Transforming growth factor beta modulates gonadotropin receptor expression in porcine and rat granulosa cells differently.

Published

Journal Article

Almost without exception, the studies to date describing the effects of transforming growth factor beta (TGF beta) upon various ovarian cell types have utilized the subtype TGF beta 1. Since TGF beta 1 and TGF beta 2 have been demonstrated to influence major developmental processes differentially during hematopoiesis and embryogenesis, we investigated in two species (rat and pig) whether they might also differentially modulate principal regulatory processes of ovarian cellular differentiation, specifically FSH and/or LH receptor (FSHR, LHR) expression. TGF beta 1 plus FSH significantly stimulated LHR binding levels by cultured granulosa cells (GC) from prepubertal diethylstilbestrol-treated rats. TGF beta 2 produced the same effect. In porcine GC from 1-3-mm antral follicles, TGF beta 1 and TGF beta 2 again acted similarly, but the direction of the response was opposite to that in the rat GC system. This difference could not be ascribed to the fact that the GC utilized represented different stages of follicular development in vivo because TGF beta 1 also potentiated FSH-dependent LHR induction in GC from antral follicles of cycling rats at all stages of the estrous cycle. The major effect of TGF beta 1 on FSHR expression in the rat system was to increase binding by attenuating the down-regulatory action of cholera toxin (CTX) or FSH. In the porcine system, TGF beta reduced FSHR binding at FSH or CTX concentrations that enhanced expression, and it did not attenuate the down-regulatory effect of FSH or CTX at higher doses. In summary, TGF beta up- or down-regulated LHR and FSHR binding coordinately within species.(ABSTRACT TRUNCATED AT 250 WORDS)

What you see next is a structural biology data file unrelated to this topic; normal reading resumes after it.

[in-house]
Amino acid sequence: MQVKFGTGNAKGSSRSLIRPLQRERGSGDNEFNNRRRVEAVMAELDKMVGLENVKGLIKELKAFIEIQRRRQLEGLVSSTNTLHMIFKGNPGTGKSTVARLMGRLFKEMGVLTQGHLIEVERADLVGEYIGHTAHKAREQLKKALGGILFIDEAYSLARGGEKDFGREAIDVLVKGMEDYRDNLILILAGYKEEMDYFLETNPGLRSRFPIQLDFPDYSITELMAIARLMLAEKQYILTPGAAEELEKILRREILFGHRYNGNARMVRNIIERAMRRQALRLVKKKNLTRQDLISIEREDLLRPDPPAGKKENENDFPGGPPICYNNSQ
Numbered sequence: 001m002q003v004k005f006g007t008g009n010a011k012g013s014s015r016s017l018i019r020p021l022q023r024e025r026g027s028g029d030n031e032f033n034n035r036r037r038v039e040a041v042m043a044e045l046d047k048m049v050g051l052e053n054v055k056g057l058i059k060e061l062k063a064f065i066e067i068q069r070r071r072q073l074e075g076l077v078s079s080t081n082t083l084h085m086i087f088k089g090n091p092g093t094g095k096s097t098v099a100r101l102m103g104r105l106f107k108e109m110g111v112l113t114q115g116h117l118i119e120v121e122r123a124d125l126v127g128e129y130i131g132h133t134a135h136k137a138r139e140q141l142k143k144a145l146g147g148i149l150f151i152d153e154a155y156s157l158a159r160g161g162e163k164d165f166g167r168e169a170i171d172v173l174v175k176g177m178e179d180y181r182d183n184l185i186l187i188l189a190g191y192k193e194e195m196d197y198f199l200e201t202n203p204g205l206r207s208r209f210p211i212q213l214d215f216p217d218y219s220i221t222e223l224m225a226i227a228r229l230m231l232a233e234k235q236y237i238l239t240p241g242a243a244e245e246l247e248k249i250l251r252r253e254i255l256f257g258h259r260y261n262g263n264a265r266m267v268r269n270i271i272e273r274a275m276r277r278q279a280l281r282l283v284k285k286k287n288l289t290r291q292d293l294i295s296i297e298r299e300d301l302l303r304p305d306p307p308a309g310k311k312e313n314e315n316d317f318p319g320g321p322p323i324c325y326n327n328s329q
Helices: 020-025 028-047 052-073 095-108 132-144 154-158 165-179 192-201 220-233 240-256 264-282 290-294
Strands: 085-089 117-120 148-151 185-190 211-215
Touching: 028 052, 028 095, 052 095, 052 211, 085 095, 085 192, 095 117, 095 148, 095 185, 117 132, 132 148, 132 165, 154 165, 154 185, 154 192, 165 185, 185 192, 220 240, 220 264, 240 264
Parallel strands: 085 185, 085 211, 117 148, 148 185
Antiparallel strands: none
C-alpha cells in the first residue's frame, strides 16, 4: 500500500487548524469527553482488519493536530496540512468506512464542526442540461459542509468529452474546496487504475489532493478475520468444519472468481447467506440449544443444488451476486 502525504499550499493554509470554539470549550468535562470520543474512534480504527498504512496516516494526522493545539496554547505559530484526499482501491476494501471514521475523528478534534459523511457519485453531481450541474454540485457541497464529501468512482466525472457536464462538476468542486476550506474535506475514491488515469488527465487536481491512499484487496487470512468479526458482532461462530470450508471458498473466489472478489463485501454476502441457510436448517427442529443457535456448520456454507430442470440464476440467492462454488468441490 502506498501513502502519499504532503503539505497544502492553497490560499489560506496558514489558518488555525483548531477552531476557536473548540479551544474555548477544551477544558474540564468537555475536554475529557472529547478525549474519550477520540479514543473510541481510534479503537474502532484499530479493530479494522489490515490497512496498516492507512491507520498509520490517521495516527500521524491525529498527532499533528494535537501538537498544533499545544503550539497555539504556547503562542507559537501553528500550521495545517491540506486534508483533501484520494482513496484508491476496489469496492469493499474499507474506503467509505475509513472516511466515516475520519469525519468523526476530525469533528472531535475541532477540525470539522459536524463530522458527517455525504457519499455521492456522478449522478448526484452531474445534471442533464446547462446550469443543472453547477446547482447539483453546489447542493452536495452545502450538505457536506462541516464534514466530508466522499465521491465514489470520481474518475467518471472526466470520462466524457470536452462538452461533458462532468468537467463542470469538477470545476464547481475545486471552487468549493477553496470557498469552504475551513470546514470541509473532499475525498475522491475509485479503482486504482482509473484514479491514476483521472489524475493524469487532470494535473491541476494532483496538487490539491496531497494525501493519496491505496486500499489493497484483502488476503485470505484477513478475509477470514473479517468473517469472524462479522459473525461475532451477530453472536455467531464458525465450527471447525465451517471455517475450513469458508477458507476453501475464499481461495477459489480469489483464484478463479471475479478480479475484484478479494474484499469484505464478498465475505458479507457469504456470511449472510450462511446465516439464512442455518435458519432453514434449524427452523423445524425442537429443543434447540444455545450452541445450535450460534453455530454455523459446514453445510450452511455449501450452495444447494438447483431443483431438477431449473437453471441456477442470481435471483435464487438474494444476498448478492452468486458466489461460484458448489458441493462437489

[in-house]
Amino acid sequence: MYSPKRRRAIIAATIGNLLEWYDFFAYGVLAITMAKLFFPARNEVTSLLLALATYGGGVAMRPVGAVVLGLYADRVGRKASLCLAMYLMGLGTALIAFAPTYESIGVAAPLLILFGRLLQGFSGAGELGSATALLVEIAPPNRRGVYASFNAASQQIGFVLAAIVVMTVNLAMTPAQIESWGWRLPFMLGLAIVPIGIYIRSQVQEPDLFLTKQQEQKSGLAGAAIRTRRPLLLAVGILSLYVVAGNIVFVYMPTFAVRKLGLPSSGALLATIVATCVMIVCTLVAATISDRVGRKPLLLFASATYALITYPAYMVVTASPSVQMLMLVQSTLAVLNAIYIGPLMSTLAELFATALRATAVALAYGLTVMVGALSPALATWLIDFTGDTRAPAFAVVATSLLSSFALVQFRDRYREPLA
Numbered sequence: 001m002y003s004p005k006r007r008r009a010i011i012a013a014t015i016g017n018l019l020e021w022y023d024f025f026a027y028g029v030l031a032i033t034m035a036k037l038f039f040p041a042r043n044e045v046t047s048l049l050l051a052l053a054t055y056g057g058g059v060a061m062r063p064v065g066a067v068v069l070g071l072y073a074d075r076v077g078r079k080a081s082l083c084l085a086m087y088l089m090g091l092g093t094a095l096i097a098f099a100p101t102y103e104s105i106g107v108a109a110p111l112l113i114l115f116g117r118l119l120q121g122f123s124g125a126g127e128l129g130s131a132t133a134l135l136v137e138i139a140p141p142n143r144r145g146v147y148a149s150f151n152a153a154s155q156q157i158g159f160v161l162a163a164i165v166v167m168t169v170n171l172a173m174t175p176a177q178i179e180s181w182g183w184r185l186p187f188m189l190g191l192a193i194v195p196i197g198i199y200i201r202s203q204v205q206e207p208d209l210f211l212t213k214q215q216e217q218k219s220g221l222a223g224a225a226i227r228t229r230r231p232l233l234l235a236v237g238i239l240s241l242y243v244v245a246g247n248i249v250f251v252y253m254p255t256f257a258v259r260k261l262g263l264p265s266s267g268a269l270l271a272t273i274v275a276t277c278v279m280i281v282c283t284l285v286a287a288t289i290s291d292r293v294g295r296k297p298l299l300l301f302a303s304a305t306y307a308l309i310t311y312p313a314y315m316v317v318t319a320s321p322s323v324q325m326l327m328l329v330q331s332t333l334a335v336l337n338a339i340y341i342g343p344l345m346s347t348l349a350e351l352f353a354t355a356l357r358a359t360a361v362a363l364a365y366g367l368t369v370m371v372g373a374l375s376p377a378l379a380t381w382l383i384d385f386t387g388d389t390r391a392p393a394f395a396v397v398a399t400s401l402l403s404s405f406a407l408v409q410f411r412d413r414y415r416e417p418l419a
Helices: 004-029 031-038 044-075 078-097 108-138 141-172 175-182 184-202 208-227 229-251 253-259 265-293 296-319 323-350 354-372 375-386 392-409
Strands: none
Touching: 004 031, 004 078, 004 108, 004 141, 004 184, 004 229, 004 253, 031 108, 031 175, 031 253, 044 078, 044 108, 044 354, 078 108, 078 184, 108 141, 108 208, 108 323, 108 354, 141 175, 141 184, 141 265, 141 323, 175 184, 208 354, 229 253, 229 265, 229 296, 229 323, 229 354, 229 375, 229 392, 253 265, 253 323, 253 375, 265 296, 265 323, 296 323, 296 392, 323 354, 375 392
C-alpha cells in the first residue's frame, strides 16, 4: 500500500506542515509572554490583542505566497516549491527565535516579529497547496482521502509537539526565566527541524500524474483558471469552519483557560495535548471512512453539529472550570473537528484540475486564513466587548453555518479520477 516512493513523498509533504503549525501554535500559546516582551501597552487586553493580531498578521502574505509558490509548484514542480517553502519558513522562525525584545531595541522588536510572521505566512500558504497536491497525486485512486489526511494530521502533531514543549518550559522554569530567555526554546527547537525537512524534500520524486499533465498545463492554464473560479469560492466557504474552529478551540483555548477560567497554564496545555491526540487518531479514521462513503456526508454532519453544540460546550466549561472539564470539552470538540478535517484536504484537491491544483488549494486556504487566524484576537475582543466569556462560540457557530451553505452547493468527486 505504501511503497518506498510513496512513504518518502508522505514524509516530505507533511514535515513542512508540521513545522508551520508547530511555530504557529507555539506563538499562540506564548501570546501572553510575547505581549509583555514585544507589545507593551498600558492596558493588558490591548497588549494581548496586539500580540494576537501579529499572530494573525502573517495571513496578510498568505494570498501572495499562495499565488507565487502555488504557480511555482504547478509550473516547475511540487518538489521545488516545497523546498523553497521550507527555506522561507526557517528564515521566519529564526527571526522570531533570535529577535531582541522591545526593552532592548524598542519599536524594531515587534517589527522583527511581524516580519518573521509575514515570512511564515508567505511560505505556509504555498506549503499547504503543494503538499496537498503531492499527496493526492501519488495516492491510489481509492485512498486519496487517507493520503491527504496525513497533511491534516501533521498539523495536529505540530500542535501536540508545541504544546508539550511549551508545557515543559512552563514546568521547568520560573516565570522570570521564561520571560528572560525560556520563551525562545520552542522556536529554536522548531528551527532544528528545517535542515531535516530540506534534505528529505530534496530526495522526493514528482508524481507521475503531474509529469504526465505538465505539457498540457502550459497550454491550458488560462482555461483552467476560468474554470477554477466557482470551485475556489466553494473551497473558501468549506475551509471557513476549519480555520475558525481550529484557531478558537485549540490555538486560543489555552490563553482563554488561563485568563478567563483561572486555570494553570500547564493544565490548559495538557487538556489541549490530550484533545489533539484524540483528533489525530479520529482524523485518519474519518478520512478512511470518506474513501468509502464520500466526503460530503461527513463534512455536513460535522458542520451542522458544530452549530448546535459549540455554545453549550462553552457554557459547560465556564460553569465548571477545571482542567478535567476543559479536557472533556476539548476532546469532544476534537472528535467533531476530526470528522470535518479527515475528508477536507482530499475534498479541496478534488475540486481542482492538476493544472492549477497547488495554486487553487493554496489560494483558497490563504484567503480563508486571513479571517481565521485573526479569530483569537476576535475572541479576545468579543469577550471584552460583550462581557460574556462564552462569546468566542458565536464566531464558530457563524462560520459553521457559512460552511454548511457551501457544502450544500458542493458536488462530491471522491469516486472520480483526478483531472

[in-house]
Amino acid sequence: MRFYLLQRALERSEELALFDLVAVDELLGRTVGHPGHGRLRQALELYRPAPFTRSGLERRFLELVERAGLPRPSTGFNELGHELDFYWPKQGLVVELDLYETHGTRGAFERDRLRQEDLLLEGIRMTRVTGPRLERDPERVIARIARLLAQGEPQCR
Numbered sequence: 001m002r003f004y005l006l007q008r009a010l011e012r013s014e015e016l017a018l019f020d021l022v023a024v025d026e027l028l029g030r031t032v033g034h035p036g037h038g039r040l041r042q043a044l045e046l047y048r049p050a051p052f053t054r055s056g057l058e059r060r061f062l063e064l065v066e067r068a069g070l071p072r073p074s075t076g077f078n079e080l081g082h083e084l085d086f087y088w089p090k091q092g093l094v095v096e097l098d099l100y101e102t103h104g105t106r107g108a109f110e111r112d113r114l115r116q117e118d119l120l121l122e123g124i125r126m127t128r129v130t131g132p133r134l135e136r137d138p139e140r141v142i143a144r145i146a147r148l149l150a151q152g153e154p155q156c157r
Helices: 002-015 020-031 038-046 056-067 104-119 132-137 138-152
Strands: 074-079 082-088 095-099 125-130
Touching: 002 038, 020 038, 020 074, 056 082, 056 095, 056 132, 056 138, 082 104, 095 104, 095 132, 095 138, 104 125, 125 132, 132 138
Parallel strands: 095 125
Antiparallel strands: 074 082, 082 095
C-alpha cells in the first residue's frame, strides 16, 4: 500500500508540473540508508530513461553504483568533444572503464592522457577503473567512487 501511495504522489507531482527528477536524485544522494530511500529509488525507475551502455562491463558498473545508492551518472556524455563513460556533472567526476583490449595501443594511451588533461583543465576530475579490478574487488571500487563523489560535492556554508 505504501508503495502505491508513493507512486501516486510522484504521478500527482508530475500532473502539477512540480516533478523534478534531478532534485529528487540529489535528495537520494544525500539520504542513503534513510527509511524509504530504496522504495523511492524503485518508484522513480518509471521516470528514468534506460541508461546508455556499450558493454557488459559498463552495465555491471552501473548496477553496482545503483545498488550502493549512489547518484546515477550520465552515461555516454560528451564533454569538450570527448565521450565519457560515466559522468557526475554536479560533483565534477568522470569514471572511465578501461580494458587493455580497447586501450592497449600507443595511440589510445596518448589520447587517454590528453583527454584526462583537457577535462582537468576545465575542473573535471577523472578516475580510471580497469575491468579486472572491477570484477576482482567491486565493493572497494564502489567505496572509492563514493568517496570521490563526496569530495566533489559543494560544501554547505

Full Text

Duke Authors

Cited Authors

  • Gitay-Goren, H; Kim, IC; Miggans, ST; Schomberg, DW

Published Date

  • June 1, 1993

Published In

Volume / Issue

  • 48 / 6

Start / End Page

  • 1284 - 1289

PubMed ID

  • 8318582

Pubmed Central ID

  • 8318582

International Standard Serial Number (ISSN)

  • 0006-3363

Digital Object Identifier (DOI)

  • 10.1095/biolreprod48.6.1284

Language

  • eng

Conference Location

  • United States